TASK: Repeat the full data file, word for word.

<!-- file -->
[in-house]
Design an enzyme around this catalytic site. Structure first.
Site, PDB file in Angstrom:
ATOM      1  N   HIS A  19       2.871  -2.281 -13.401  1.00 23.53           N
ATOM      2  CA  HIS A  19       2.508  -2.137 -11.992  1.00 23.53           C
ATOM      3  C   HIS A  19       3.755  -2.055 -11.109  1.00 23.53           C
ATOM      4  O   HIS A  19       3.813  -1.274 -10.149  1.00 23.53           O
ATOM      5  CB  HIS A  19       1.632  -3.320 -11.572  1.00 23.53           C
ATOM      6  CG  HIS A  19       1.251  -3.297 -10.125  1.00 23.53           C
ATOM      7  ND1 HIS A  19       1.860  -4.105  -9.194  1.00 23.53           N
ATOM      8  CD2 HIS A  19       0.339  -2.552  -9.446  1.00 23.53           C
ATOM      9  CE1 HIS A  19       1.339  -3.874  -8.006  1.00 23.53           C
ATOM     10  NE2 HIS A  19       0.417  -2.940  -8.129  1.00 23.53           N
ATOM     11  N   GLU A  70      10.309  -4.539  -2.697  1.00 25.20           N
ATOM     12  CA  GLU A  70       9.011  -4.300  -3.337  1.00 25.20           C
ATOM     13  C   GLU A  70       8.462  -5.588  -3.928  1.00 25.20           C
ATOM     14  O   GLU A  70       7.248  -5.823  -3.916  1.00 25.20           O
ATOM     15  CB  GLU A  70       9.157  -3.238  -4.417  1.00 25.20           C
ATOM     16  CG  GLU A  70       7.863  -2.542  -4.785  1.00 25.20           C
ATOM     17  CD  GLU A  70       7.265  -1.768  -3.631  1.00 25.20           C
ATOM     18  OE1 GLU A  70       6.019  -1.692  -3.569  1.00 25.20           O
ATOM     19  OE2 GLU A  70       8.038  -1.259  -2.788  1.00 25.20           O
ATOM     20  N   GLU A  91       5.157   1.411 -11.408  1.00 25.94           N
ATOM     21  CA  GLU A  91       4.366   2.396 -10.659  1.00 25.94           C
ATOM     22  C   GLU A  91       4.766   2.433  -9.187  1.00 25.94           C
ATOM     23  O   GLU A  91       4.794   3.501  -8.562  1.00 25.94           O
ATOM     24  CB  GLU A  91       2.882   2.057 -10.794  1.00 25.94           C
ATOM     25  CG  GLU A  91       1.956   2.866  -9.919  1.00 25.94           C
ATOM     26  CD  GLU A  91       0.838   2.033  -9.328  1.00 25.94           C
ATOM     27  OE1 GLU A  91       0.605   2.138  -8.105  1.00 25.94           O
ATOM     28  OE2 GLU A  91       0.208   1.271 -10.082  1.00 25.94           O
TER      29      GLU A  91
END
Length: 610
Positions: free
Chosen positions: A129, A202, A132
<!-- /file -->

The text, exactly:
[in-house]
Design an enzyme around this catalytic site. Structure first.
Site, PDB file in Angstrom:
ATOM      1  N   HIS A  19       2.871  -2.281 -13.401  1.00 23.53           N
ATOM      2  CA  HIS A  19       2.508  -2.137 -11.992  1.00 23.53           C
ATOM      3  C   HIS A  19       3.755  -2.055 -11.109  1.00 23.53           C
ATOM      4  O   HIS A  19       3.813  -1.274 -10.149  1.00 23.53           O
ATOM      5  CB  HIS A  19       1.632  -3.320 -11.572  1.00 23.53           C
ATOM      6  CG  HIS A  19       1.251  -3.297 -10.125  1.00 23.53           C
ATOM      7  ND1 HIS A  19       1.860  -4.105  -9.194  1.00 23.53           N
ATOM      8  CD2 HIS A  19       0.339  -2.552  -9.446  1.00 23.53           C
ATOM      9  CE1 HIS A  19       1.339  -3.874  -8.006  1.00 23.53           C
ATOM     10  NE2 HIS A  19       0.417  -2.940  -8.129  1.00 23.53           N
ATOM     11  N   GLU A  70      10.309  -4.539  -2.697  1.00 25.20           N
ATOM     12  CA  GLU A  70       9.011  -4.300  -3.337  1.00 25.20           C
ATOM     13  C   GLU A  70       8.462  -5.588  -3.928  1.00 25.20           C
ATOM     14  O   GLU A  70       7.248  -5.823  -3.916  1.00 25.20           O
ATOM     15  CB  GLU A  70       9.157  -3.238  -4.417  1.00 25.20           C
ATOM     16  CG  GLU A  70       7.863  -2.542  -4.785  1.00 25.20           C
ATOM     17  CD  GLU A  70       7.265  -1.768  -3.631  1.00 25.20           C
ATOM     18  OE1 GLU A  70       6.019  -1.692  -3.569  1.00 25.20           O
ATOM     19  OE2 GLU A  70       8.038  -1.259  -2.788  1.00 25.20           O
ATOM     20  N   GLU A  91       5.157   1.411 -11.408  1.00 25.94           N
ATOM     21  CA  GLU A  91       4.366   2.396 -10.659  1.00 25.94           C
ATOM     22  C   GLU A  91       4.766   2.433  -9.187  1.00 25.94           C
ATOM     23  O   GLU A  91       4.794   3.501  -8.562  1.00 25.94           O
ATOM     24  CB  GLU A  91       2.882   2.057 -10.794  1.00 25.94           C
ATOM     25  CG  GLU A  91       1.956   2.866  -9.919  1.00 25.94           C
ATOM     26  CD  GLU A  91       0.838   2.033  -9.328  1.00 25.94           C
ATOM     27  OE1 GLU A  91       0.605   2.138  -8.105  1.00 25.94           O
ATOM     28  OE2 GLU A  91       0.208   1.271 -10.082  1.00 25.94           O
TER      29      GLU A  91
END
Length: 610
Positions: free
Chosen positions: A129, A202, A132